Words by Dalene Heck / Photography by Pete Heck
I must admit that I have become completely fascinated with learning about all-things communist: the popular restaurants, the long battle to enable change in the ideology, and more. I’m also enthralled and surprised to have heard a few times of people who are nostalgic for it, longing for the much simpler times after learning that democracy isn’t all it’s cracked up to be.
And the architecture is a sight to be seen. Monumental buildings erected with the intention of dwarfing those who walked among them, a not-so-subtle reminder of the lack of power for any regular citizen. While statues of communist leaders are now long gone, some enormous depictions of muscular workers still remain, another forthright emblem of what was valued under the regime.
One thing that I wish there was still more of: the famous Polish neon signage. Prior to WWII, the Polish became known for their technical and artistic abilities and when the Soviets began to run things, they kicked it up a significant notch. They instituted a state-run company of over 1,000 employees to oversee all outdoor signage in the country.
For the time, the signs were grand in design and bold in typography choices. They were created to bolster consumerism in a depressed economy – to an extent – the “Teatr Buffo” building, for example, was lit up and used as an important jazz venue, but for only a short time. The communist regime viewed jazz as “too decadent”, and subsequently shut the club down.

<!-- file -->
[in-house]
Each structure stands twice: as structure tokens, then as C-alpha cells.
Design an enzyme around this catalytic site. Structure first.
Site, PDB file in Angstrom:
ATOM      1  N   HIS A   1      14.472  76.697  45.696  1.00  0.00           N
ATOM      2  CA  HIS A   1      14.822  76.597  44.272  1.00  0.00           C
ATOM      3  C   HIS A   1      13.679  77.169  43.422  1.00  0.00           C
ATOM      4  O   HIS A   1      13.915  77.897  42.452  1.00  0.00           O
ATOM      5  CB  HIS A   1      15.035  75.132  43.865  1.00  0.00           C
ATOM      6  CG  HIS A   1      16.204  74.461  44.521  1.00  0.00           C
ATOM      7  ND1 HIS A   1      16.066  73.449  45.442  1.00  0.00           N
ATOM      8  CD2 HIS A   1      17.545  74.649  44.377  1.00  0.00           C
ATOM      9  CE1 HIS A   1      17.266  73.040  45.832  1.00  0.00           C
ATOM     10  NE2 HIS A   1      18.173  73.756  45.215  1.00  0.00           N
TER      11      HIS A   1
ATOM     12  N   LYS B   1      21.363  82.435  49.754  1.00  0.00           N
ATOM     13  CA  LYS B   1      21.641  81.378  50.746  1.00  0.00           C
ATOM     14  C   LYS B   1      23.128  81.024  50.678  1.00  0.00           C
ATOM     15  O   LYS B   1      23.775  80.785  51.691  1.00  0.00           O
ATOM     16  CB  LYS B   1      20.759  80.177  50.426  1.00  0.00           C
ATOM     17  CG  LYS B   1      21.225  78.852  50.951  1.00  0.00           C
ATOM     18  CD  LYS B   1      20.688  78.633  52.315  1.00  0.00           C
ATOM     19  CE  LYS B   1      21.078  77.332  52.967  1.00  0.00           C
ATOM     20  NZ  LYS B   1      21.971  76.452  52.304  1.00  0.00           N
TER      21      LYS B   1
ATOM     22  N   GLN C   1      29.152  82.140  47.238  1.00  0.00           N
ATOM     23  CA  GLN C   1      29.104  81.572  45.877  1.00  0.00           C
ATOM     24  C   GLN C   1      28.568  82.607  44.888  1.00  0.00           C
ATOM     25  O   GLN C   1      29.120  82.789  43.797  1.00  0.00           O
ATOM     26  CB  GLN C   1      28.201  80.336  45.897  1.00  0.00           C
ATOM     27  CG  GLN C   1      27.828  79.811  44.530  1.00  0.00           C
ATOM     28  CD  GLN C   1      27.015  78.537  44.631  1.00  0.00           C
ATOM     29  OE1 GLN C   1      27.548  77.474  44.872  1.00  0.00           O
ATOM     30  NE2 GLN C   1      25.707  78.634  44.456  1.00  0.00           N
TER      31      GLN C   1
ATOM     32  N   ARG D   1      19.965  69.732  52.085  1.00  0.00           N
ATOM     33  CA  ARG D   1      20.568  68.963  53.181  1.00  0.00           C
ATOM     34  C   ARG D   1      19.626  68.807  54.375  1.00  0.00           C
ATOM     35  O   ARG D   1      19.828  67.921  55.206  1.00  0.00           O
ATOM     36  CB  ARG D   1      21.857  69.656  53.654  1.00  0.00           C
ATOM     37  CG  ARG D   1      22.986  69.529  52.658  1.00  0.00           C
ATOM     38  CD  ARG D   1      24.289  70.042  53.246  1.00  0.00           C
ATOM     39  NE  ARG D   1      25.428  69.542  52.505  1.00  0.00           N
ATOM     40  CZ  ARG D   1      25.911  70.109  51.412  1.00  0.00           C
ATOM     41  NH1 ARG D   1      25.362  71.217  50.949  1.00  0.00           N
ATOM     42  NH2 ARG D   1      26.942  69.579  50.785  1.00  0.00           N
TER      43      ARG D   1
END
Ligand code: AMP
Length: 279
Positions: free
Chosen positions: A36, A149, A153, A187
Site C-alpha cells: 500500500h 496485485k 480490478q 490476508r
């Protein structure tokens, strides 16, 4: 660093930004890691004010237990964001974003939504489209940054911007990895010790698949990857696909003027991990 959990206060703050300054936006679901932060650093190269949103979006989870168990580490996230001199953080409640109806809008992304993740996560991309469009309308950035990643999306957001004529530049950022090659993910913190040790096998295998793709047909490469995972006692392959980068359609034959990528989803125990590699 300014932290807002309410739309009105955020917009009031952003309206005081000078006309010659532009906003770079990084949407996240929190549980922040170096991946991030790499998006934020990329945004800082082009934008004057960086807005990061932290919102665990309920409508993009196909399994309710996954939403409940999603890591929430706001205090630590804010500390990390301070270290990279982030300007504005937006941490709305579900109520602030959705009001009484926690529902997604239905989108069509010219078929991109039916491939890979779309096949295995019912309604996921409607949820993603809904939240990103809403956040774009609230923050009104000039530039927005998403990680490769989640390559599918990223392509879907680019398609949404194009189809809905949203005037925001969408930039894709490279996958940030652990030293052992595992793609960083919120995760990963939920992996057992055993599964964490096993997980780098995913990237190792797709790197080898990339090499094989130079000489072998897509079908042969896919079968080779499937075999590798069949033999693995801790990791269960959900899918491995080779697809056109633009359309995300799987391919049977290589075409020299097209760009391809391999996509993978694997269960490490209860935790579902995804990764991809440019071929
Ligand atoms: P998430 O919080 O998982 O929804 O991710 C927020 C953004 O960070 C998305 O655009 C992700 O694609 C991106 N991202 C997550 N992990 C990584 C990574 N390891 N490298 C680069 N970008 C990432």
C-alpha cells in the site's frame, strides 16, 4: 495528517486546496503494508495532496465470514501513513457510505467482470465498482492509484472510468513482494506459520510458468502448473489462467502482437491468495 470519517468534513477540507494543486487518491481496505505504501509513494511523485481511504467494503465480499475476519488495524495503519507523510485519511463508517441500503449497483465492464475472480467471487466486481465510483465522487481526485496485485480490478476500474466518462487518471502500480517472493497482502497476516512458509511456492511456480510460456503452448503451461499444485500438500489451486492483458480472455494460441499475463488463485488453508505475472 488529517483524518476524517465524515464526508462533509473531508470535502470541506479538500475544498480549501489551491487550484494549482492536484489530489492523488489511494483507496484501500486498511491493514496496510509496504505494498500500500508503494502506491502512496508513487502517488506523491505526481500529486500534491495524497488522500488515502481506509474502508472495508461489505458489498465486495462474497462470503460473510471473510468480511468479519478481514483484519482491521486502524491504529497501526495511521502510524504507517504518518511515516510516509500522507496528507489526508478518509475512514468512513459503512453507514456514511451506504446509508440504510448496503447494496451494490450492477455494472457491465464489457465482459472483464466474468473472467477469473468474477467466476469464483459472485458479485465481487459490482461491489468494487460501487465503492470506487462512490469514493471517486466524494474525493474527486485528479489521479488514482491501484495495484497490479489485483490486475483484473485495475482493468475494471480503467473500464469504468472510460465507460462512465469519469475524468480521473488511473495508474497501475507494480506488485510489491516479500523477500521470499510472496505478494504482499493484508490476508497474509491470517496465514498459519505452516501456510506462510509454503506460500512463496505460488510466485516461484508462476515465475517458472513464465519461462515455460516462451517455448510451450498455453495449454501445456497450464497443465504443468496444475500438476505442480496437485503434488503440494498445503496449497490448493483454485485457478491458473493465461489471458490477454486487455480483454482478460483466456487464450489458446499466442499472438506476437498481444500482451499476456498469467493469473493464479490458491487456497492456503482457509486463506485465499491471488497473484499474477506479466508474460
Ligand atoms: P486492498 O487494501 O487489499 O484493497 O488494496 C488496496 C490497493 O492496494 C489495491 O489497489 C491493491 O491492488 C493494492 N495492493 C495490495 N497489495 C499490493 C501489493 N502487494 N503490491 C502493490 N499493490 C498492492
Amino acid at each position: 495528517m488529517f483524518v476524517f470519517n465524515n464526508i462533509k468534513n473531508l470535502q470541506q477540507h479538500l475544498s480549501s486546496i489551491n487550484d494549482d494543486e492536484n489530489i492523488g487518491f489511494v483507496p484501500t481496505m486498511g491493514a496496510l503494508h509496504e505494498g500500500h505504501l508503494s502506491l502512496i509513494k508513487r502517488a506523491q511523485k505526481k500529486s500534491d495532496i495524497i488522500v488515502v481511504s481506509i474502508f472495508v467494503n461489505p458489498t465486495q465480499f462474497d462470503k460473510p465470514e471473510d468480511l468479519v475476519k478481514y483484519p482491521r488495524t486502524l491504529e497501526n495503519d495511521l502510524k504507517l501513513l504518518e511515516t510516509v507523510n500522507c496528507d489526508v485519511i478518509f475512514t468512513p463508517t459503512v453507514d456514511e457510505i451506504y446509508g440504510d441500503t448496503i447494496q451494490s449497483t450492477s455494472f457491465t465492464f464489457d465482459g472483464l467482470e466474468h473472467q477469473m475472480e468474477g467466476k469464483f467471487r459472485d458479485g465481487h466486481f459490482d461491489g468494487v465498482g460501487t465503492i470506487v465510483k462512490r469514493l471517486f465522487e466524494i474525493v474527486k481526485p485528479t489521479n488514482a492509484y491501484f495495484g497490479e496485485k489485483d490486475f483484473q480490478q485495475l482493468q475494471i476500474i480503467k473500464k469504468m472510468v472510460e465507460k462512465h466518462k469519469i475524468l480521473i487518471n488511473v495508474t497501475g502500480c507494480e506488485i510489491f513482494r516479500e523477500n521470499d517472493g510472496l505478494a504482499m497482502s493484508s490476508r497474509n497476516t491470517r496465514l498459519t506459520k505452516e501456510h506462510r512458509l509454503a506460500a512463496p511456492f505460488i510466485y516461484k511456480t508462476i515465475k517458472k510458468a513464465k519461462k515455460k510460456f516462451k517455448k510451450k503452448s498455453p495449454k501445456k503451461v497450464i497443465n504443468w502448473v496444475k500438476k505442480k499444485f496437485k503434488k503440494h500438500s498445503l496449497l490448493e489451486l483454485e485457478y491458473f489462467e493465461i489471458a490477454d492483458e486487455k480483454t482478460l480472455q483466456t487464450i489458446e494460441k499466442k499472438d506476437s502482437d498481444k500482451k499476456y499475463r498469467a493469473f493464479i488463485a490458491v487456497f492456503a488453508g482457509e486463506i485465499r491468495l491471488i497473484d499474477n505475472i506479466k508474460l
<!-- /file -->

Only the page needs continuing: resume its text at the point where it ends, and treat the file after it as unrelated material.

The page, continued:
Most signs are gone. Being too fragile and expensive to maintain, very few instances of the vibrant neon remains.
Not all is lost though, as the brilliant beacons have found a place to live on, at the Neon Museum in Warsaw.
From the forward within a photography book by Ilona Karwinskaw on the subject: “In the very best designs produced in Poland in the 1960s, rippling animation and fluid threads of light brought a kind of nocturnal magic to the city.”
In a country that changed so swiftly following WWII, the neon functioned as street lights, place markers, and again, not-so-subtle persuaders. They stood as a splash of color against the muted and stoic socialist realism architecture.
(Can I be nostalgic for a time period without having lived through it? Because I am… just to get a glimpse of it.)